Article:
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Reviewed by:
  • Science in the Spanish and Portuguese Empires, 1500-1800
  • Timothy J. Coates
Science in the Spanish and Portuguese Empires, 1500-1800. Edited by Daniela Bleichmar, Paula De Vos, Kristin Huffine, and Kevin Sheehan. Stanford, Calif.: Stanford University Press, 2009. 456 pp. $65.00 (cloth).

There is a very large and curious museum in Ponta Delgada on the island of São Miguel in the Azores. The Carlos Machado Museum (begun in the 1880s) is a sprawling natural history collection that contains examples of most seaborne animals in the North Atlantic as well as land animals living in the Azores, birds, botany, geology, mineralogy, ethnography, and many other materials that completely fill the large former monastery of Santo André, where the collection is housed. Wandering from room to room, the visitor is struck by the wide-ranging scientific curiosity of the original curator, Dr. Carlos Machado. One's first reaction to such a collection might be its perceived uniqueness and to question its utility. This collection of essays shows how both impressions are erroneous. In a very real sense, Machado was continuing the work outlined in this important and pathbreaking new work, which introduces the reader to the nearly totally ignored topic (in English-speaking works) of science (in a very broad sense) in the early modern Iberian world.

The work is divided into four parts: "Reassessing the Role of Iberia in Early Modern Science," "New Worlds, New Sciences," "Knowledge Productions: Local Contexts, Global Empires," and "Commerce, Curiosities, and the Circulation of Knowledge." [End Page 153]

After a brief introduction to the collection of essays by Jorge Cañizares-Esguerra, part 1, "Reassessing the Role of Iberia in Early Modern Science," presents two historiographical overviews of the literature. David Goodman ("Science, Medicine, and Technology in Colonial Spanish America") discusses Spanish Colonial America, and Palmira Fontes da Costa and Henrique Leitão ("Portuguese Imperial Science") do the same for the Portuguese side. Both essays are very strong and quite complete. Goodman notes that the Spanish have produced a wide range of scientific works ranging from cartography to botany, while Fontes da Costa and Leitão note that the Portuguese have produced a great deal in nautical-related publications at the expense of neglecting many other areas. If anyone wanted an orientation to the current state of scientific-related publications in early modern Iberia or these former empires, I would highly recommend these essays, which also include complete references in their notes.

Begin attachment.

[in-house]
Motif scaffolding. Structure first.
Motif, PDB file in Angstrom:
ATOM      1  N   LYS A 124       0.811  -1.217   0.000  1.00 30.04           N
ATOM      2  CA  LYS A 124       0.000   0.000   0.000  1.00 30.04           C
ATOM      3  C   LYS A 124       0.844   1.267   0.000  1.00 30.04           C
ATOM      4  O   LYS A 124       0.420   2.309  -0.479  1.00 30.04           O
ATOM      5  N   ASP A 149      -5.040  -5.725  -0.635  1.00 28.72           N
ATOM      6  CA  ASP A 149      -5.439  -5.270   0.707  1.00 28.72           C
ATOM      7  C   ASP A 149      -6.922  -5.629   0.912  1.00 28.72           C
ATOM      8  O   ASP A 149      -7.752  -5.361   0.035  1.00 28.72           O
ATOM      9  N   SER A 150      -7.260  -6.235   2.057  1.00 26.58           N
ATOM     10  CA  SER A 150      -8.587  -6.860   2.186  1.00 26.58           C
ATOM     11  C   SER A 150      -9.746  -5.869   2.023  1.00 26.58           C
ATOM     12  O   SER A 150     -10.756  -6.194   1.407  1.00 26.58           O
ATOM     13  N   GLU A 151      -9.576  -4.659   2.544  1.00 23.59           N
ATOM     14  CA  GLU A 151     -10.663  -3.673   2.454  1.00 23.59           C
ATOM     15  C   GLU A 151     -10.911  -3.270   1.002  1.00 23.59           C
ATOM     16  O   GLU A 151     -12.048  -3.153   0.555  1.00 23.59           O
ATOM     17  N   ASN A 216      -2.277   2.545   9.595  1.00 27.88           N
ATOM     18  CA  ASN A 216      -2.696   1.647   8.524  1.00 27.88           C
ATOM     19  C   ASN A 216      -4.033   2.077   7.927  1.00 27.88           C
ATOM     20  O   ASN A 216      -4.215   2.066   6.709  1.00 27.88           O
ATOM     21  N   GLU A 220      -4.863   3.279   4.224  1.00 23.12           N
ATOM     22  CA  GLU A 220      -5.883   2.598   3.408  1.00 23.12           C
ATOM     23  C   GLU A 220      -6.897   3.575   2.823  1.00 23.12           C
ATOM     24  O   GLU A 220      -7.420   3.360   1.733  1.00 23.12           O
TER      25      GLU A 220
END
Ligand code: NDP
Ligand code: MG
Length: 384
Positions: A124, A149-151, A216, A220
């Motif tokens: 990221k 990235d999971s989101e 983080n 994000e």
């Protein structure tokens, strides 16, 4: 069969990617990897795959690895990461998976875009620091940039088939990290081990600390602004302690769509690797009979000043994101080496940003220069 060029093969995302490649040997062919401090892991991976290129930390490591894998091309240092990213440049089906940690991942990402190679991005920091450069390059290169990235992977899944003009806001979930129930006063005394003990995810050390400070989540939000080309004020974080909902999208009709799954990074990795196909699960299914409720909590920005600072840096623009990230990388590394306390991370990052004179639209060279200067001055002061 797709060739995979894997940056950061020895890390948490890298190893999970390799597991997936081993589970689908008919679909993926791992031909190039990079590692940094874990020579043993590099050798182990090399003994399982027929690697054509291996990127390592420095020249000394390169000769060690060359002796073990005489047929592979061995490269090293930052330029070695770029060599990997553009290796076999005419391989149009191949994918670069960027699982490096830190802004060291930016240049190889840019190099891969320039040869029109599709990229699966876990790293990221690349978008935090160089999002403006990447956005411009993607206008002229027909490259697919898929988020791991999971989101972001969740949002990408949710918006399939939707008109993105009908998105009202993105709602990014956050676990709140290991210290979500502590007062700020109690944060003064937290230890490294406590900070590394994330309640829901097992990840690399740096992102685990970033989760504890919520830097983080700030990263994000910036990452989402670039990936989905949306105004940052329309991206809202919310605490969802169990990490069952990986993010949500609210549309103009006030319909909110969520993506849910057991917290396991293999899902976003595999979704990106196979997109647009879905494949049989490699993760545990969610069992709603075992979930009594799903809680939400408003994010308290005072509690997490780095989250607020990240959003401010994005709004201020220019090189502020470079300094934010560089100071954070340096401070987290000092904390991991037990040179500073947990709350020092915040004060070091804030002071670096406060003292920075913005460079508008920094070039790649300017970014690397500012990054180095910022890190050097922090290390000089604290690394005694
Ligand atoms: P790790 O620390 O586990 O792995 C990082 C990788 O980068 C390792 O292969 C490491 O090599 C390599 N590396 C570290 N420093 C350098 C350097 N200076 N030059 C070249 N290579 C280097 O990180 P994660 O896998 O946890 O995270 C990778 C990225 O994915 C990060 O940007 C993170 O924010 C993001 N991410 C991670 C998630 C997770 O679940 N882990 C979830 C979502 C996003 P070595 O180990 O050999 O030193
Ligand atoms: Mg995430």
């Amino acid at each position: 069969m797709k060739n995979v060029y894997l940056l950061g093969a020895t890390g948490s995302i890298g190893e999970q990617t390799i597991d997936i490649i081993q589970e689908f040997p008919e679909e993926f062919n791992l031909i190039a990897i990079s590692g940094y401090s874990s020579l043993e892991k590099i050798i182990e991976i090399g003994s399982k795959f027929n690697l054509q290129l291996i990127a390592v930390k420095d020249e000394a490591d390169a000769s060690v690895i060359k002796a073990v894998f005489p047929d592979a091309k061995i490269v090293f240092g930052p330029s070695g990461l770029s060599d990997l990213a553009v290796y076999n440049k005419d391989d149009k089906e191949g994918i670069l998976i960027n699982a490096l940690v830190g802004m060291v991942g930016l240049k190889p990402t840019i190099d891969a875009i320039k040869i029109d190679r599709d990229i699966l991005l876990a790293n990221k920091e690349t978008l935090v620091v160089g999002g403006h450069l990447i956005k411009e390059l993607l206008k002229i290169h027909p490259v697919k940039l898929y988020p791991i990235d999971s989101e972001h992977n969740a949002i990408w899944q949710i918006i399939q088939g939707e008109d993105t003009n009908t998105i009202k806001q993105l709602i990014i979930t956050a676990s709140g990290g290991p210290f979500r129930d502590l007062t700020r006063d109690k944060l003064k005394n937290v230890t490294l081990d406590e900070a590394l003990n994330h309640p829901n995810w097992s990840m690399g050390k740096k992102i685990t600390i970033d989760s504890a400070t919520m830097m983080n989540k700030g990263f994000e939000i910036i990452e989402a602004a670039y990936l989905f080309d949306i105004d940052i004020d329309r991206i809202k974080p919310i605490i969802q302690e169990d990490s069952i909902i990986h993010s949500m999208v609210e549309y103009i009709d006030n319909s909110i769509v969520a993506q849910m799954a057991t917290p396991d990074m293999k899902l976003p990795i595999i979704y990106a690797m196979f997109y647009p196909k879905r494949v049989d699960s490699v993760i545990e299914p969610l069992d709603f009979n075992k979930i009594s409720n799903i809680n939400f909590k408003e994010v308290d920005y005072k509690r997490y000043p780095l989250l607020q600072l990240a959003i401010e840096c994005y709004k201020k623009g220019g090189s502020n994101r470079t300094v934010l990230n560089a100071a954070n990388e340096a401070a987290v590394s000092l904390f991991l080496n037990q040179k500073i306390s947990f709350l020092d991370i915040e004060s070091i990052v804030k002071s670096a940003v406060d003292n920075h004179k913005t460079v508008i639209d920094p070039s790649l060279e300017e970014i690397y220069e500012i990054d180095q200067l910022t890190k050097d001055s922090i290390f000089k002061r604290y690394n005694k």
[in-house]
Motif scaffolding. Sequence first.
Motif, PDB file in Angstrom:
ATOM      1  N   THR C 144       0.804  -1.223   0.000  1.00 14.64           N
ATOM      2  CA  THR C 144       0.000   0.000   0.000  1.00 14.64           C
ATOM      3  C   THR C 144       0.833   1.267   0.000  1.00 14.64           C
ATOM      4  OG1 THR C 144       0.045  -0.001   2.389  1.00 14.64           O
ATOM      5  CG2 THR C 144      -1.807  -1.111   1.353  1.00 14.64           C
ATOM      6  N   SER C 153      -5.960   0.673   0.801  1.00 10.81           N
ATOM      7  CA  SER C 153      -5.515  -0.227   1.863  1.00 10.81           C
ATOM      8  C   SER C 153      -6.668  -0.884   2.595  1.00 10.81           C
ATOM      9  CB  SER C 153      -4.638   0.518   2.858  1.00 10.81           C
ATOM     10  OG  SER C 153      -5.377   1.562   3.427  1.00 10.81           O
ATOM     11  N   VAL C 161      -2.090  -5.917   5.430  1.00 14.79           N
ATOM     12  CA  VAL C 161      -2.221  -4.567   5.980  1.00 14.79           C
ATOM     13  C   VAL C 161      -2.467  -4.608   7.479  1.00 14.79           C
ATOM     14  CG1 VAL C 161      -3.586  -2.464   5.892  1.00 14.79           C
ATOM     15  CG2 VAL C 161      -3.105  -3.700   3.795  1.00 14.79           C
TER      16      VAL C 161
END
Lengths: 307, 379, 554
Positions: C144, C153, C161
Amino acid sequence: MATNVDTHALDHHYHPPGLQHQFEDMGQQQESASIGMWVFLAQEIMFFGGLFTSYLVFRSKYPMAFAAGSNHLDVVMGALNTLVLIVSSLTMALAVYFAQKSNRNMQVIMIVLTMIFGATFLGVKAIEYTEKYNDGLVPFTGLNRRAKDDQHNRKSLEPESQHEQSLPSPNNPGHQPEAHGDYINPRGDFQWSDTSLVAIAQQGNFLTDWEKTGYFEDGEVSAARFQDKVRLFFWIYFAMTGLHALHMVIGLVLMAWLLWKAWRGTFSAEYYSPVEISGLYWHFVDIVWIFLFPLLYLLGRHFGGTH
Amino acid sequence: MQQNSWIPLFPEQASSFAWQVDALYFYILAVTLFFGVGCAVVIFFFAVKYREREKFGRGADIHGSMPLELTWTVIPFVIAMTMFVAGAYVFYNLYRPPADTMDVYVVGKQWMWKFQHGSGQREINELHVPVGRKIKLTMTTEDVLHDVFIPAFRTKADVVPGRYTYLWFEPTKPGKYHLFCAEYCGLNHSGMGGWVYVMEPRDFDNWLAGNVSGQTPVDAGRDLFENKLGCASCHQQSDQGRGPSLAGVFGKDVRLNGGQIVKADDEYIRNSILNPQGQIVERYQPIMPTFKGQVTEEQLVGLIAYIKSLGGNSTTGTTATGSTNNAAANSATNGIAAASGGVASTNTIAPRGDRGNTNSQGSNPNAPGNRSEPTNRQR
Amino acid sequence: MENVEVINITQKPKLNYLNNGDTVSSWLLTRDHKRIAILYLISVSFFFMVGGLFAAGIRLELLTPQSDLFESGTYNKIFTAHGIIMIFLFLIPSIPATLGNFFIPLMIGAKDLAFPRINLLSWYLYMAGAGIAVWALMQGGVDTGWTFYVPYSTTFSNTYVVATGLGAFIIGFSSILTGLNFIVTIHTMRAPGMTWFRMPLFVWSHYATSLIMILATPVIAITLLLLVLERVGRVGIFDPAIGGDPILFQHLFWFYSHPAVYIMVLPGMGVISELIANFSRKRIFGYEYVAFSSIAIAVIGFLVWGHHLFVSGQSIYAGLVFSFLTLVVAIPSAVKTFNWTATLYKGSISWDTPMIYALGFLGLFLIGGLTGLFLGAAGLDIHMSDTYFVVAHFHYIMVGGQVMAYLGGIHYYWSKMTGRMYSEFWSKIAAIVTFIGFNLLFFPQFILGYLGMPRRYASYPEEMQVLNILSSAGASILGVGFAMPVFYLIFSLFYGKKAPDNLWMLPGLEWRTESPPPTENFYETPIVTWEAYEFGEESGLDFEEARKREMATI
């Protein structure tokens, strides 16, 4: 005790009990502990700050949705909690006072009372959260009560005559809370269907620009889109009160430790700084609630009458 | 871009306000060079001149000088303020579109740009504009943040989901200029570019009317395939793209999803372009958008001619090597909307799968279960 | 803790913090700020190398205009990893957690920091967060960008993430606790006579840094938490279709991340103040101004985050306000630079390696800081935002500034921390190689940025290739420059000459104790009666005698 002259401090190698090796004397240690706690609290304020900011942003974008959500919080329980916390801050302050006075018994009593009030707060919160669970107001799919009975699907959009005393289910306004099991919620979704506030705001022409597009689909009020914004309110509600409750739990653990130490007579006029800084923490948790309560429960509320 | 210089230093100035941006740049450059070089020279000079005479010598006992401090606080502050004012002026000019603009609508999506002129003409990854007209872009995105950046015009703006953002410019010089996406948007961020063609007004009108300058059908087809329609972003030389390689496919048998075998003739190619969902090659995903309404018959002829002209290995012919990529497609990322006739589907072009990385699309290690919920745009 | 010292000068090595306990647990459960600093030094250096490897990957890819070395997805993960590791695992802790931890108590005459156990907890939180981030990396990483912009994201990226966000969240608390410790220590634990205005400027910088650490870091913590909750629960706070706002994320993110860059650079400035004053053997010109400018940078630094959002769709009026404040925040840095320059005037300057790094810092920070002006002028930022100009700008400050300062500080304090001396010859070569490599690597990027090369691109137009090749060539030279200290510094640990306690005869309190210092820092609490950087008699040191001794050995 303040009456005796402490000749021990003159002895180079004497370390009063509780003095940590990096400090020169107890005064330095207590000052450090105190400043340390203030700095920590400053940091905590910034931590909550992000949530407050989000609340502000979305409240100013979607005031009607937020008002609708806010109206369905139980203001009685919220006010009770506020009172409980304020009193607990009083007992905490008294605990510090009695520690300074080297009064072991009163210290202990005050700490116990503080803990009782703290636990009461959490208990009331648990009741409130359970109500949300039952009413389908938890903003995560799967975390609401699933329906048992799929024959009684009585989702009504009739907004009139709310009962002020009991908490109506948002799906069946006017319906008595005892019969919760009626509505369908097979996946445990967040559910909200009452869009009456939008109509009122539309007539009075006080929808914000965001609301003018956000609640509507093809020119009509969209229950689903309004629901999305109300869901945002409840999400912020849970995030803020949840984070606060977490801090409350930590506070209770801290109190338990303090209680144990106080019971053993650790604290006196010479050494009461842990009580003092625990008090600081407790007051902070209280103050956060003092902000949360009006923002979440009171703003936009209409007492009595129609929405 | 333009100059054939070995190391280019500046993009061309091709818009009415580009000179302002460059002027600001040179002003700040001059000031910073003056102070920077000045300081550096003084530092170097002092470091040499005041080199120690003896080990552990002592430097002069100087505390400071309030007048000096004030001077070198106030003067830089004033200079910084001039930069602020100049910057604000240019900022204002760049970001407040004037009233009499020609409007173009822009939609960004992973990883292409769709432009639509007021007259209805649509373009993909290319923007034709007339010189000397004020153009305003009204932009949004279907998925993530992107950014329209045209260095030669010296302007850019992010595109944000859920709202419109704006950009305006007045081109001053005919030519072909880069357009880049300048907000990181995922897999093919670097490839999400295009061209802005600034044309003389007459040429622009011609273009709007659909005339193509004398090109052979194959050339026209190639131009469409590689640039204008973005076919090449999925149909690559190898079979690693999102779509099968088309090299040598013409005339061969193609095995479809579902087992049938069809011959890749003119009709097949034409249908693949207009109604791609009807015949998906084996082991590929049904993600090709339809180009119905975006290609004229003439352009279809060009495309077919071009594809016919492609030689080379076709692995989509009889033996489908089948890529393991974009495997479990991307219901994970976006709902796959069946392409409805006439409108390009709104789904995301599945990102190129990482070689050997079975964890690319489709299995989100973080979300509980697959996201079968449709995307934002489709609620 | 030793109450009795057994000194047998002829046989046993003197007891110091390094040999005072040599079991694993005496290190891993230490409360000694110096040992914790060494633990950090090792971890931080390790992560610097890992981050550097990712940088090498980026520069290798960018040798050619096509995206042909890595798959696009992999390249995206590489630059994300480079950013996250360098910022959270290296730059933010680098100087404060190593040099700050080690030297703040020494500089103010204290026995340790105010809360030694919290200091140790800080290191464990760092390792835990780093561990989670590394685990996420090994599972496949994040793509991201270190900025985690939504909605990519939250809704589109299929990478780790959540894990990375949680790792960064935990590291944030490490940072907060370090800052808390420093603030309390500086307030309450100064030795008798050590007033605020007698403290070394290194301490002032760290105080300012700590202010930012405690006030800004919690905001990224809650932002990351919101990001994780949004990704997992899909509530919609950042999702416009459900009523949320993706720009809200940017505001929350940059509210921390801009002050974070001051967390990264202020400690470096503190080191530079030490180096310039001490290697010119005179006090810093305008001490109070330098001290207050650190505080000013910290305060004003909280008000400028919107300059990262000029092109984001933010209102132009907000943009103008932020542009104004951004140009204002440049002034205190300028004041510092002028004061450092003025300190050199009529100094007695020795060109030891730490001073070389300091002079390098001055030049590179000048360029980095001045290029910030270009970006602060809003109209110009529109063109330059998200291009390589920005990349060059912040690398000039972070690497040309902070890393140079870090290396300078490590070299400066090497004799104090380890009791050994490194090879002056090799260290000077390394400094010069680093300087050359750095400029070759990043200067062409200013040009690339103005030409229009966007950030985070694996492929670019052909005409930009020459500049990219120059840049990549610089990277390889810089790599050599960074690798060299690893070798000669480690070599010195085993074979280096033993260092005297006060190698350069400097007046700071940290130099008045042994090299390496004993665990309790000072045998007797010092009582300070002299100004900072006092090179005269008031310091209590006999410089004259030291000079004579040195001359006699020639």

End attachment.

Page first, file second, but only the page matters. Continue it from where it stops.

The editors state that "a second aim of the volume is to challenge traditional core/periphery models that place Europe at the center of scientific knowledge production by characterizing colonial science as essentially subordinate, derivative, or imitative" (p. xxi). Part 2 of this collection, "New Worlds, New Sciences," then challenges these assumptions by "focusing on the ways in which the natural world of the Americas served to complicate and alter European categories of knowledge . . ." (p. xxi). The three essays that make up this section all deal with science in Iberia itself. María Portuondo ("Cosmography at the Casa, Consejo, and Corte during the Century of Discovery") discusses the tension among the overlapping locales of scientific inquiry in early modern Spain: the Casa de Contratación (House of Trade), the Consejo de Indias (Council of Indies), and the Royal Court. In her discussion, she also clarifies the roles played by each of these three institutions and how they supported each other. Onésimo Almeida ("Science during the Portuguese Maritime Discoveries") examines the interaction between what he labels "experimenters and theoreticians" and those who sailed the seas and made written observations and those who stayed behind in Portugal and examined these findings. Almeida quite correctly notes the remarkable figures of D. João de Castro and Pedro Nunes, excellent examples of this interaction. Juan Pimentel ("Baroque Natures") delves into the writings of the Jesuit scholar Juan E. Nieremberg and his understanding and explanations of the unfolding natural history of the Americas.

Part 3, "Knowledge Productions: Local Contexts, Global Empires," is the flip side of part 2 in that it "focuses on the importance of local scientific traditions that developed in the empire," with emphasis on [End Page 154] the reality that...

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Additional Information

ISSN
1527-8050
Print ISSN
1045-6007
Pages
pp. 153-157
Launched on MUSE
2011-04-10
Open Access
No
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